Urban planners, attempting to create more pedestrian-friendly, walkable sections of their cities, often struggle with the divisive effects of highways, which divide neighborhoods and limit development options. In Providence, Rhode Island, city officials were facing the same problems with Interstate 195, until deciding on a novel solution; just get rid of the highway. After demolishing the road last year, which bisected parts of the city on both sides of the Providence River, and realigning streets and utilities, the city created the new I-195 Redevelopment District, which, according to a recent New York Times article, is now attracting numerous development proposals and potentially reshaping the city.
Called LINK Land, since it's joining parts of the city split by the roadway, the newly opened 19 acres will soon play host to an academic and engineering center for Johnson & Wales University, which broke ground a few months ago, student housing and a $20 million mixed-use development. A riverfront park and pedestrian bridge are being developed, and a new art installation series was inaugurated last fall. A life sciences center and a riverfront stadium for the Pawtucket Red Sox are also in various stages of proposals or development. The goal, according to local politicians and the development commission, is to foster creative industries and new jobs. It certainly seems to be doing better than another way to get stuck in traffic.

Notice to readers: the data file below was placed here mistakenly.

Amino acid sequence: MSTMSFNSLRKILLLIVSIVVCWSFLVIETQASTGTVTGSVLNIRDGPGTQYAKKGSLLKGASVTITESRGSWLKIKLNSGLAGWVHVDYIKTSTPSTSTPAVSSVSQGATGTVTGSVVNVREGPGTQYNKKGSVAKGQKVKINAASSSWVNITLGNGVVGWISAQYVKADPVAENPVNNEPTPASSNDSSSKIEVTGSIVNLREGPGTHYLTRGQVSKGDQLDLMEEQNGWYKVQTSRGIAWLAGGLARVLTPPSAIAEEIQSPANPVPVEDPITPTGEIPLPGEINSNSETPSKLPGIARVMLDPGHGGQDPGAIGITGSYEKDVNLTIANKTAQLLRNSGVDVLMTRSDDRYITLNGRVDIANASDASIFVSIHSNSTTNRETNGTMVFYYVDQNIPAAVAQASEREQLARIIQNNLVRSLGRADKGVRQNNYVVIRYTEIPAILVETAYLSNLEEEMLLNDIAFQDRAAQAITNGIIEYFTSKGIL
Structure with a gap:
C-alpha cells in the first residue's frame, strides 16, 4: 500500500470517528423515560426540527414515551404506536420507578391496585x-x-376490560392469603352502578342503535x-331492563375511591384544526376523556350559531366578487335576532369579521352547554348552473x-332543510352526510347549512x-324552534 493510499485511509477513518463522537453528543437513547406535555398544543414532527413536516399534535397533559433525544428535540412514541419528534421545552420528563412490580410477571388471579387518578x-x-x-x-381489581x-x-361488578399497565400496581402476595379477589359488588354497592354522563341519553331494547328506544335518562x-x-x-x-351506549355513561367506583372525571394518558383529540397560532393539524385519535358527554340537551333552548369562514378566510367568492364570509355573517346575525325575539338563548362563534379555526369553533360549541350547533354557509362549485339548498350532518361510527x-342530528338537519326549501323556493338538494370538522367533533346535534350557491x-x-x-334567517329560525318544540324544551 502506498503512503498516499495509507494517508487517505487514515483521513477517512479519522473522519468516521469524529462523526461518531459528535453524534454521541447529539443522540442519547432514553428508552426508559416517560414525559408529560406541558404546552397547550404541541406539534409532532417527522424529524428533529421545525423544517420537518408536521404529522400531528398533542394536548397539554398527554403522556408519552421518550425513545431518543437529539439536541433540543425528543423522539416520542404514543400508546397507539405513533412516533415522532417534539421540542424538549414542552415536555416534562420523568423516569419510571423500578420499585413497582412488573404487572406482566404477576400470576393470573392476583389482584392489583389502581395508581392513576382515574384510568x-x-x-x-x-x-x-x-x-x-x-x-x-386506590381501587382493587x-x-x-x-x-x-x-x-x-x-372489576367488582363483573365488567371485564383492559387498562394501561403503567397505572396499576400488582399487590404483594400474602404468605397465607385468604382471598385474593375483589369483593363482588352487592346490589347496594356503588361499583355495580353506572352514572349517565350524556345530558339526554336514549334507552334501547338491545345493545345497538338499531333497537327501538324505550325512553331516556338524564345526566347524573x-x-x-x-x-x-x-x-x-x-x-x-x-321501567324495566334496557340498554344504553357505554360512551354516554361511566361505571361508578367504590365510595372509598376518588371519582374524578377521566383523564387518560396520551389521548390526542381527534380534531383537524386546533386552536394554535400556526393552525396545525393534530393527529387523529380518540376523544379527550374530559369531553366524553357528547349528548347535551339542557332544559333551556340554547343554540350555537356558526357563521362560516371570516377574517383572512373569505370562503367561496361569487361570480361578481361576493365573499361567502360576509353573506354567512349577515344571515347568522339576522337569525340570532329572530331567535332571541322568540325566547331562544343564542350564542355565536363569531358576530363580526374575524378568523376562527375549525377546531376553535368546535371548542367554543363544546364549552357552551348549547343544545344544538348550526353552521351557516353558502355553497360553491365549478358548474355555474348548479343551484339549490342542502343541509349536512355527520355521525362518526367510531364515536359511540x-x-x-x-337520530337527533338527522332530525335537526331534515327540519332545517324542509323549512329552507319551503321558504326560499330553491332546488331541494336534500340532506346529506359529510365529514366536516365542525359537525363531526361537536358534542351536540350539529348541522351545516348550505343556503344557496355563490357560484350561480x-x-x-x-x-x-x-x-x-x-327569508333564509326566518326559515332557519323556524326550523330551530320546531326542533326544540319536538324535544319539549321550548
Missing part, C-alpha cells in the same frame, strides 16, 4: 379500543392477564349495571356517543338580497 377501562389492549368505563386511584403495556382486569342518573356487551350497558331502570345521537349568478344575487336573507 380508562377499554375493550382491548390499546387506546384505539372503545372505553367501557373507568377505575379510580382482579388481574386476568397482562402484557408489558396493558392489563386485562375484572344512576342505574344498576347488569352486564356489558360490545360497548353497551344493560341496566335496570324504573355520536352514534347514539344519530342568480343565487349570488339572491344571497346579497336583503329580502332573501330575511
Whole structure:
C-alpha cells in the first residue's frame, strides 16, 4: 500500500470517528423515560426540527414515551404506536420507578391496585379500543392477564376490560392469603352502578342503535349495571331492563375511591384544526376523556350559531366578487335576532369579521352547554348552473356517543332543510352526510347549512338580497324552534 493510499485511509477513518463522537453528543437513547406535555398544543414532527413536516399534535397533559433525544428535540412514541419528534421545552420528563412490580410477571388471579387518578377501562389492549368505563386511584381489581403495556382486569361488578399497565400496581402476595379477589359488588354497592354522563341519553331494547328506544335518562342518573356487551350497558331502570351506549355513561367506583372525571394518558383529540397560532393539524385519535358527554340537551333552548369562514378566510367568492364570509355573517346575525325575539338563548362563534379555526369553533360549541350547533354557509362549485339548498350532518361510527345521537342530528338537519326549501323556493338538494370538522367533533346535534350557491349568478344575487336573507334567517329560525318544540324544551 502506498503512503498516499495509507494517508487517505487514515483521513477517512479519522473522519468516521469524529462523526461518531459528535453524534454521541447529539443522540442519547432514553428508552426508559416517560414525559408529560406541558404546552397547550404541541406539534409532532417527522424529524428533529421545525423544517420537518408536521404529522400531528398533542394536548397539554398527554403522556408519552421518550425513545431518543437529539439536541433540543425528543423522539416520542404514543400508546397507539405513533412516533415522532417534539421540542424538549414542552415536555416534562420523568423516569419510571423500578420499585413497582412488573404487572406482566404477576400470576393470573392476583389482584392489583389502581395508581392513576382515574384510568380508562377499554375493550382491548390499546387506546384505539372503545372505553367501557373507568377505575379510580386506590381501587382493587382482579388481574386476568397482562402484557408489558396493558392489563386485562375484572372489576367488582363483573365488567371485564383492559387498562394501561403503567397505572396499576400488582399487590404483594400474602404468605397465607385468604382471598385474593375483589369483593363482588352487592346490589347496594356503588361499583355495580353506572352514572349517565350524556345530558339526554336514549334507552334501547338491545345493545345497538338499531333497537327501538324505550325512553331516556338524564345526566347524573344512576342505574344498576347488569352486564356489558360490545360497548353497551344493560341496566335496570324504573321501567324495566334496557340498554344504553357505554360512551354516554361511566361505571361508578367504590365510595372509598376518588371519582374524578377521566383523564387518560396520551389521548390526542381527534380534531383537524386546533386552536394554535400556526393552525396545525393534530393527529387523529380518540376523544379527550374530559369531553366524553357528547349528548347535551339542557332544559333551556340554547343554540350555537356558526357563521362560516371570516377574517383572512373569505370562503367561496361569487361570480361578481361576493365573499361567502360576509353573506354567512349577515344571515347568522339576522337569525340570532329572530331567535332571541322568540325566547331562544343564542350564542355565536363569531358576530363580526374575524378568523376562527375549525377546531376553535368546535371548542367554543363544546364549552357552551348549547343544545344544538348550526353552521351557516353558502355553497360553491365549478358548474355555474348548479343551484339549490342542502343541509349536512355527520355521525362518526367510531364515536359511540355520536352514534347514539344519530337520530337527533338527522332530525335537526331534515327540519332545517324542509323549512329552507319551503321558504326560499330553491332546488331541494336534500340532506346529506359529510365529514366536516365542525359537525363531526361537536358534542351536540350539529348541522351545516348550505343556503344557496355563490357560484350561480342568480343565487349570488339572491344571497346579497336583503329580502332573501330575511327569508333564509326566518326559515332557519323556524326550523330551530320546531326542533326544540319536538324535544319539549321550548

∙ Providence, R.I., Is Building on a Highway's Footprint [The New York Times]
∙ City's New No-Car Zones Lead to Rad Urban Planning Improv [Curbed]
∙ Big Tech on the Boardwalk: How Resiliency Could Redefine Atlantic City [Curbed]
∙ Rethinking a Well-Trod Path: A New Master Plan for Mecca [Curbed]
∙ Shaping The Blob That Ate East Texas: Houston's New Adventure in Urban Planning [Curbed]